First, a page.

On the Bag

When I was a boy in Akron and a dutiful student at St. Sebastian School, lunch was one of the few times I had during the day to laugh without conscience, to enjoy my classmates’ jokes and stories without having to attend too closely to the school’s daunting decorum. True, we were still on a Catholic campus, and there was the constant watchful presence of the nuns, even in the dungeon that we also called the cafeteria, but the good sisters did grant us a little more leeway in terms of having fun, and my friends and I took full advantage of that consideration.

Well, that is, as long as we didn’t get off our benches or talk much louder than a confessional whisper.

The school provided a hot meal for us every day, and I recall doing my best to abide it, but after a while, it seemed that the menu did more to turn my stomach than to satisfy it, and so I asked my mother if she would pack a lunch for me instead. She was glad to do so, perhaps because she thought that it might save a few pennies in the long run. It also gave her a chance to stimulate my mind a little, and while you might wonder why she thought that could happen during one of the few respites from learning that I had during the day, well, you really don’t know my mom.

Near the top of each brown bag she would write a riddle. Something along the lines of, “What stays hot even when it’s in the refrigerator?” or “What gets bigger the more you take away?” She would write the answer on the bottom of the sack, and she knew that I was competitive enough to never look until I knew that I had solved the puzzle. I was also competitive enough to hide the riddles from my friends because I didn’t want them chiming in before I had a crack at each question.

I thought about my mom’s lunchtime brain-teasers a few weeks ago when Teresa and I spent a week visiting her in East Lansing. I would never reveal a lady’s age without her permission, but I will tell you that she is as close to 100 as I am to 70. She no longer possesses the visual acuity to read, but she continues to watch and listen to television game shows to keep her mind sharp. I think that I mentioned that I was competitive? I am no match for my mother in that department, and so I can imagine that when a show is on, she works hard to answer its questions quickly and accurately.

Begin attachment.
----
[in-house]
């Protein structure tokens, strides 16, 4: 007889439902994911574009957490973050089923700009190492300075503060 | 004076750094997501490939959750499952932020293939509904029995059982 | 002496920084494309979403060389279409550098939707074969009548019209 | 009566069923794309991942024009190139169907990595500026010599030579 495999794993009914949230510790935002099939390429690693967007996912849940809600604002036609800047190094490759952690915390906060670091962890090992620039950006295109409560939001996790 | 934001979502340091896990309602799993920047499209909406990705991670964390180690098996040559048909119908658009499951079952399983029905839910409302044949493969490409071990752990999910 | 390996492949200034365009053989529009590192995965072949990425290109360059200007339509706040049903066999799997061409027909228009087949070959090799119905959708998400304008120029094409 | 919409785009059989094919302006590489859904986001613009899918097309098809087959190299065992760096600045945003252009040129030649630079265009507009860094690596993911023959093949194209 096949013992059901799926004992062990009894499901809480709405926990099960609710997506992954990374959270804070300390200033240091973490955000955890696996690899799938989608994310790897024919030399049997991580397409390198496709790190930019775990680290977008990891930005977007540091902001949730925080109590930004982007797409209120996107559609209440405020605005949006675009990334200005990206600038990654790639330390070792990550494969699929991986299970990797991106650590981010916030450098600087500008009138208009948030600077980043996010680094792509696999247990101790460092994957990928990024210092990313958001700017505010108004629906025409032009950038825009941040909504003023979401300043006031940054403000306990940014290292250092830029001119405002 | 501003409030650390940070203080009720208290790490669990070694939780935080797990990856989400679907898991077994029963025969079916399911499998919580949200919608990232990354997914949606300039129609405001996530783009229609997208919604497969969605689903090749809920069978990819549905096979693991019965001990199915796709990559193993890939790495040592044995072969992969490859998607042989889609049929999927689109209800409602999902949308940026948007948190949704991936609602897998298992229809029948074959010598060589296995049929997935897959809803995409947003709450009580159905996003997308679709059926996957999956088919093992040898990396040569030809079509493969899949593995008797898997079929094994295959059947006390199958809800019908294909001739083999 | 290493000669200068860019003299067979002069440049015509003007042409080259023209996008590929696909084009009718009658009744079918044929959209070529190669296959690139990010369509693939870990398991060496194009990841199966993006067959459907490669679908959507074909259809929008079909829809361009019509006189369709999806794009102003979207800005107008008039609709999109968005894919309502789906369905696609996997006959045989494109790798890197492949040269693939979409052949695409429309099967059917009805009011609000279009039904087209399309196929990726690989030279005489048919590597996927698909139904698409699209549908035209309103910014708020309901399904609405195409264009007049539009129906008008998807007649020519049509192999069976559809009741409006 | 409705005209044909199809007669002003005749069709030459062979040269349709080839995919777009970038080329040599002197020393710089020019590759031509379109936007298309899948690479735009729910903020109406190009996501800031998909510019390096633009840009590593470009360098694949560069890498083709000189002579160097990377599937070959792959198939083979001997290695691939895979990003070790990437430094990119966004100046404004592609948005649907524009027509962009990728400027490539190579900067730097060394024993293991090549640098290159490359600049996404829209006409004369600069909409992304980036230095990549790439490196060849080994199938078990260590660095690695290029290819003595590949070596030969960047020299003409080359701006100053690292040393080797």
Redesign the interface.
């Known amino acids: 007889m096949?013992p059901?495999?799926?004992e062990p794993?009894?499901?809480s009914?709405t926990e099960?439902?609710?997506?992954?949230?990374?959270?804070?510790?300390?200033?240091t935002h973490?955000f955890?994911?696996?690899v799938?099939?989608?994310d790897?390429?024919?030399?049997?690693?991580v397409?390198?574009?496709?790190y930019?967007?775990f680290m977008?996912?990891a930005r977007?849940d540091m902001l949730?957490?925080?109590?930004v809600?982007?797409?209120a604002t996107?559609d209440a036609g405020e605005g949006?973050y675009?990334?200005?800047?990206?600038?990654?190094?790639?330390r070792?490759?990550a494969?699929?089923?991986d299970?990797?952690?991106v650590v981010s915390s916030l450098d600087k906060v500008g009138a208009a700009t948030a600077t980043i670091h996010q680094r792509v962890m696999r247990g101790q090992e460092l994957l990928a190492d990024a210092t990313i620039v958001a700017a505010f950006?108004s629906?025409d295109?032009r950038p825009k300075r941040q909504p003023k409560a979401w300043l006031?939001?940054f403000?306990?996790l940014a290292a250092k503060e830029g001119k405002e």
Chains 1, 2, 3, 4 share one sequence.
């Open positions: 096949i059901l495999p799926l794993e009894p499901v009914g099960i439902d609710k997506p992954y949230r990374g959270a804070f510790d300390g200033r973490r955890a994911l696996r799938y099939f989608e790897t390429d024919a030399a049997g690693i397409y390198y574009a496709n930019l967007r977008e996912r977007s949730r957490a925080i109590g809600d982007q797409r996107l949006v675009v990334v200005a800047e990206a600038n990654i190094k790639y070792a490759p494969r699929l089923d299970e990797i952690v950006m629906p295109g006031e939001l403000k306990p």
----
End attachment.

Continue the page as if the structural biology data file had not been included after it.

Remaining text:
To that end, I have decided to return a favor from sixty years ago. Teresa and I alternate writing letters to my mom each week, and last Sunday, I opened mine with a riddle that I’m sure I once read on creased brown paper: “When is a car not a car?” I’m sure that when her neighbor reads her my letters, Mom will answer each of my questions quickly and accurately, and she’ll probably add, “Why, that wasn’t hard at all,” but I’ll still include the answer in a postscript just for symmetry. But that’s not the point, of course. It’s all about thanking her for teaching me that there is no respite from learning, nor should there be, for just as a car can turn into a driveway, any random moment can become an opportunity to learn. 

It’s on the bag.

Categories Education, Personal, Teaching

4 thoughts on “On the Bag

  1. I understand about school lunch. I always brought my own lunch each day.
    In terms of reaching a near milestone, for you almost 70, and your mother almost 100; I hope God gives you numerous birthdays to share together. 😊

    The memories you shared reminded me of how I used to do something similar growing up🙃
    Both in Undergrad and now I’m Grad School I enjoy getting together for coffee with peers and colleagues. Sharing, laughing, discussing, and sometimes learning.
    A group of people from my department formed our own little circle. We meet once week, and do exactly that. (Share, laugh, discuss, and learn.)
    We also sometimes play board games or team sports. But mostly it’s philosophical discussion over coffee.

    Liked by 1 person

    1. I love the circle you all have formed, Sarah. Keep enjoying those magical meetings!

      Like

  2. marymckschmidt May 13, 2022 — 3:51 am

    What a stunning tribute to your mom! And a delightful tradition! Thank you for sharing. And thanks for providing the answer to the car riddle!

    >

    Like

    1. You’re welcome! And I’ll throw in that mustard stays hot, and a hole gets bigger! 😉

      Like

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